Archives For Alabama

miss sign

After celebrating Mtuseni’s birthday the night before, we returned to downtown Montgomery on Day 17 to see some sites on the Civil Rights Trail. With the Memorial for Peace and Justice closed, there weren’t a lot of options; that had been the main reason to stop in Alabama. 

Even during late morning, with all the government offices, there were hundreds of empty parking spaces everywhere. And no people up and down the wide quiet streets. It felt like a Twilight Zone episode.

Maybe the streets were empty because the heat and humidity were mind-boggling. It felt like the sun was ten feet above us and white hot. (And it had been record-breaking heat above 90 every day since we began the trip!)

Having seen the experience of slaves at the Museum of African American History in DC, I told Mtuseni to imagine what it must have been like picking cotton in the fields all day in heat like this — and certainly no AC or refrigerator to come home to. Actually you can’t imagine it; we were melting just walking a block. I don’t know how they did it. 

The story of Rosa Parks has always fascinated me. The courage and impact of one woman’s simple act, to just say, “Enough.” I’ve always wanted to see where she waited on that day. I don’t know what I expected, to see a bus stop and streetscape from the 1950s I guess. To really get a feel for her life then. But the bus stop is nothing more than a sign, surrounded by modern buildings. All context was gone.


bus stop sign

This was pretty much it for Rosa Parks’ bus stop. My face pretty much explains my impression.


We passed on the Rosa Parks Museum. Montgomery had been so underwhelming and we knew it wouldn’t compare to the museum in DC. So we walked back up to the Civil Rights Memorial, designed by Maya Lin, who created the stunning and emotional Vietnam Veterans Memorial in DC. As a big fan of architecture and the new more immersive style of memorials, I was excited to see it. 


Civil Rights Memorial in Montgomery Alabama


But even this disappointed. I’d expected it to be massive but it’s quite small, tucked on a little plaza to a building. It’s lovely, meticulous, tranquil — but the size limits its impact. It feels like a fountain in a mall. Sorry, Maya!

We did stumble on a cool mural commemorating the 1965 march from Selma to Montgomery. I think that was the highlight of the city visit.


"A Mighty Walk from Selma" mural in Montgomery, Alabama

“A Mighty Walk from Selma” … luckily we came across this mural while staggering in the heat.


Dexter Avenue King Memorial Baptist Church in Montgomery, Alabama

Yet another church that wasn’t open. When I was a kid churches were open all the time… if you needed to pop in for a quick prayer or respite from the world.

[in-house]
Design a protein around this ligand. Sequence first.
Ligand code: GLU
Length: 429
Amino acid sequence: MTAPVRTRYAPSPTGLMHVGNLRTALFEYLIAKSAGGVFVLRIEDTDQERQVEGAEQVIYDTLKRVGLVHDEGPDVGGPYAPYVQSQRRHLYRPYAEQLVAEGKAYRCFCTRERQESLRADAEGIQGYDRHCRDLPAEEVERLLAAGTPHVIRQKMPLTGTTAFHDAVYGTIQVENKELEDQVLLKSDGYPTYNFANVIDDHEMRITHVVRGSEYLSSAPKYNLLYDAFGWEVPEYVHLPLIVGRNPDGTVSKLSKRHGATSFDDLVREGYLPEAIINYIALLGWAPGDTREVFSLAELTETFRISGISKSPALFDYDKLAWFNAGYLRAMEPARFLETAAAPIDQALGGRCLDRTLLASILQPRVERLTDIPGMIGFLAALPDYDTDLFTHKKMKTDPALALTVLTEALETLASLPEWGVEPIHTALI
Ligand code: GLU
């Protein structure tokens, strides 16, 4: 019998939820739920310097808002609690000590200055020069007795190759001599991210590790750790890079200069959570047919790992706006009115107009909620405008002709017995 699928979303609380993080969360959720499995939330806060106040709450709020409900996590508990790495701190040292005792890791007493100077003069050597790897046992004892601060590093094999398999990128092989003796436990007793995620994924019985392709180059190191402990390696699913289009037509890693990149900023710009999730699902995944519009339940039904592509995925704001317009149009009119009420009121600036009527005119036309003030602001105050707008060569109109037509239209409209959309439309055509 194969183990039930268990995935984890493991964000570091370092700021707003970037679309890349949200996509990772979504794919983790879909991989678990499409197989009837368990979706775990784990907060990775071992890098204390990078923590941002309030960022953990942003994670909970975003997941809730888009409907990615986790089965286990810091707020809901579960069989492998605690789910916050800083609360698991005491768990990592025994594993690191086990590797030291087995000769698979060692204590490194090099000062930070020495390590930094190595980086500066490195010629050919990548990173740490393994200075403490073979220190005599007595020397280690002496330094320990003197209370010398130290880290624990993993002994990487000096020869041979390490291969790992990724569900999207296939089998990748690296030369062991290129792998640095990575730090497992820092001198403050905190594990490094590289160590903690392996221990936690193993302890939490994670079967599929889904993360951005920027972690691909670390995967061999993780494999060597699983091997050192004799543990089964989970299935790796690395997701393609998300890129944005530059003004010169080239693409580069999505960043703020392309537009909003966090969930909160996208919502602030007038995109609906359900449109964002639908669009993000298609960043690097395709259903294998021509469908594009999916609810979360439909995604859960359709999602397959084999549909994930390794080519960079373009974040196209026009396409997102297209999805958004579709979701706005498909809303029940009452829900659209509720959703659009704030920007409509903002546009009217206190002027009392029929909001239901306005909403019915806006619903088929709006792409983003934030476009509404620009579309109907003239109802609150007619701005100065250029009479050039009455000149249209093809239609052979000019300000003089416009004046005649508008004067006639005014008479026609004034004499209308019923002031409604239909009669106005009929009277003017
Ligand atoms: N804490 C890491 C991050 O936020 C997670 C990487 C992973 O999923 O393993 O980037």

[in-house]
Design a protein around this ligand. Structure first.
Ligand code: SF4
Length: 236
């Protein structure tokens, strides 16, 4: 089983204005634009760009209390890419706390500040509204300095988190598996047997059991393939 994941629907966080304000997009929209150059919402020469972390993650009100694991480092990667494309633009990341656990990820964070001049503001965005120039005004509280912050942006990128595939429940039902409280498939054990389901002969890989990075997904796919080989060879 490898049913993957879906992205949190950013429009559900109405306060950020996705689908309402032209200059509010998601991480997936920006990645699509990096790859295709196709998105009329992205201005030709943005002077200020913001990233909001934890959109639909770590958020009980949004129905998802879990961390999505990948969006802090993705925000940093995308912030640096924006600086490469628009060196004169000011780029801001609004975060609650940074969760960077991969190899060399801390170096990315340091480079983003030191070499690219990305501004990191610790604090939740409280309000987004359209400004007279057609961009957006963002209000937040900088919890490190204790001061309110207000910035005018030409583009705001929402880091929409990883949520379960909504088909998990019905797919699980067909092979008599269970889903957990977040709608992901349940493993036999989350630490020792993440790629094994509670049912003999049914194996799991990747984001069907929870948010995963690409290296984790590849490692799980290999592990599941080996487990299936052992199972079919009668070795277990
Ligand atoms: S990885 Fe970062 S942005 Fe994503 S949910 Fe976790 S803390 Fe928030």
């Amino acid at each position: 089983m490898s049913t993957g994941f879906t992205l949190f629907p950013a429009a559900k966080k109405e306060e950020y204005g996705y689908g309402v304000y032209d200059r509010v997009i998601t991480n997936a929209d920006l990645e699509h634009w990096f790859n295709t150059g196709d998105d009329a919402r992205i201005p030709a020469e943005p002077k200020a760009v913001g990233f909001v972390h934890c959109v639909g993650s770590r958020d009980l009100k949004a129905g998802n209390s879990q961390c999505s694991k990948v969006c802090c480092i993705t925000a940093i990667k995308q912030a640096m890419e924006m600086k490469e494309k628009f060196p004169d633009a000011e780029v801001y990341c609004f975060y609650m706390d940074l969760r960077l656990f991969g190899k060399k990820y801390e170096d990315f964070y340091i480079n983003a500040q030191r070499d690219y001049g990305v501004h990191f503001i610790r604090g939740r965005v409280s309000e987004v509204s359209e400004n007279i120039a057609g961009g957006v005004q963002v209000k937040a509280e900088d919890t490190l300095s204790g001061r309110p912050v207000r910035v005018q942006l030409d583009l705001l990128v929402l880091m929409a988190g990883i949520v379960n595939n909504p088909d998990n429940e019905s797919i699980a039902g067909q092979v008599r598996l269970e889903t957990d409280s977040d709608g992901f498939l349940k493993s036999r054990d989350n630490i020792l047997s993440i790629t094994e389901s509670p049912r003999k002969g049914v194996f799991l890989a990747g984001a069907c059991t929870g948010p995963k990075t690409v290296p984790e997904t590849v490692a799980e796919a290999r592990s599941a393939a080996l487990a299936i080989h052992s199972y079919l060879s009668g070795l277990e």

We made our way to the Dexter Avenue King Memorial Baptist Church where MLK was pastor in the late 1950s, but like the church in Savannah it was closed for a private tour. And that closed our visit to Montgomery. We got in the car, cranked the AC, and made a beeline for our stopover in Gulfport, Mississippi.

The Gulf of Mexico was pretty much what I’d heard: flat and gray and hot. For someone whose soul is fed by the ocean, I didn’t even go on the beach. Mtuseni did, and created a surprise for me that will have to wait for an October post.


gulf pool


Our hotel was right across from the beach and had a small pool. I plopped into it, ready to be refreshed and awakened, but it was warmer than bath water. There was no escape from that sticky heat outdoors.  

The best part of Gulfport was finally solving the mystery of the Waffle House! There was one sitting by its lonesome in a field next to our hotel. We’d started seeing the yellow-tile signs as we entered the South. They were everywhere! I had no idea what the place was. Mtuseni wasn’t curious, but I had to know.


waffle house sign

After seeing this sign along highways across the South, we finally discovered what delights awaited inside!


So breakfast the next morning was at the Waffle House. I love diners. I almost did my practicum documentary on a diner in college. The movie Diner is one of my all-time favorites.

I was psyched to sit at the counter and order simple over-easy eggs, bacon, and toast. After weeks of the same free buffet in hotel after hotel (where I never used that awful waffle machine) a made-to-order breakfast was heaven. I explained to Mtuseni the whole diner culture, sitting at the counter, the short order cook right in front of you, the waitress calling out orders in shorthand and knowing the regulars by name. Pure Americana. I was immediately a Waffle House fan.

And of course I had a waffle, too! (It was tasty, but I didn’t finish  it.)


waffle house ctr

I look fat in this picture. Partly it’s the shirt — and partly it’s the effects of sitting and driving for days. For the South, I probably look anorexic.


(Just joining us? Since everyone’s in various states of corona lockdown,  we’re reliving the Long-Distance Dad road trip from last fall! Start the journey with us back on the August 30 post. Ride along with us — in your easy chair — across 10,000 miles into October.)